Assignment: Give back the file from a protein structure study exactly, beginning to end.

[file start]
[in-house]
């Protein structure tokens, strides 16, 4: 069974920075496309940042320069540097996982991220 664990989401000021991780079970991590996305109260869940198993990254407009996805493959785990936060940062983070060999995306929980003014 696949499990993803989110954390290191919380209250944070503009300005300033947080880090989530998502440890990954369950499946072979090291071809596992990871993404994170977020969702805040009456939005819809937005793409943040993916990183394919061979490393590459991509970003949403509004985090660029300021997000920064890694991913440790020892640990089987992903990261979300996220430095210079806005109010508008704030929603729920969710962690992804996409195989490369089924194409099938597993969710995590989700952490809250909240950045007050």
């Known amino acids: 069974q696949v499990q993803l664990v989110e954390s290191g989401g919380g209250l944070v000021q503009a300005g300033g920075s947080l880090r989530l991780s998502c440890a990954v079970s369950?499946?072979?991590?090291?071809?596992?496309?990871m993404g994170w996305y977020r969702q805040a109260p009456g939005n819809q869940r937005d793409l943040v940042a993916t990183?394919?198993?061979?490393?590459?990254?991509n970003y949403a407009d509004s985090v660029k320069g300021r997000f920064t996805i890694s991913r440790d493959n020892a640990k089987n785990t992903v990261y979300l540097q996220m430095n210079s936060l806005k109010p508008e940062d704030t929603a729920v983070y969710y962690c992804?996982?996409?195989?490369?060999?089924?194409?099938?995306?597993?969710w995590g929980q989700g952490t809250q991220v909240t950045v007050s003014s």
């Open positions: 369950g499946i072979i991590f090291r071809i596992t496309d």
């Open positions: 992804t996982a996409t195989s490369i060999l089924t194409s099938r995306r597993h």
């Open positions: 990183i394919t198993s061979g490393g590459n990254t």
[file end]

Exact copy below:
[in-house]
């Protein structure tokens, strides 16, 4: 069974920075496309940042320069540097996982991220 664990989401000021991780079970991590996305109260869940198993990254407009996805493959785990936060940062983070060999995306929980003014 696949499990993803989110954390290191919380209250944070503009300005300033947080880090989530998502440890990954369950499946072979090291071809596992990871993404994170977020969702805040009456939005819809937005793409943040993916990183394919061979490393590459991509970003949403509004985090660029300021997000920064890694991913440790020892640990089987992903990261979300996220430095210079806005109010508008704030929603729920969710962690992804996409195989490369089924194409099938597993969710995590989700952490809250909240950045007050």
């Known amino acids: 069974q696949v499990q993803l664990v989110e954390s290191g989401g919380g209250l944070v000021q503009a300005g300033g920075s947080l880090r989530l991780s998502c440890a990954v079970s369950?499946?072979?991590?090291?071809?596992?496309?990871m993404g994170w996305y977020r969702q805040a109260p009456g939005n819809q869940r937005d793409l943040v940042a993916t990183?394919?198993?061979?490393?590459?990254?991509n970003y949403a407009d509004s985090v660029k320069g300021r997000f920064t996805i890694s991913r440790d493959n020892a640990k089987n785990t992903v990261y979300l540097q996220m430095n210079s936060l806005k109010p508008e940062d704030t929603a729920v983070y969710y962690c992804?996982?996409?195989?490369?060999?089924?194409?099938?995306?597993?969710w995590g929980q989700g952490t809250q991220v909240t950045v007050s003014s």
């Open positions: 369950g499946i072979i991590f090291r071809i596992t496309d």
């Open positions: 992804t996982a996409t195989s490369i060999l089924t194409s099938r995306r597993h």
């Open positions: 990183i394919t198993s061979g490393g590459n990254t």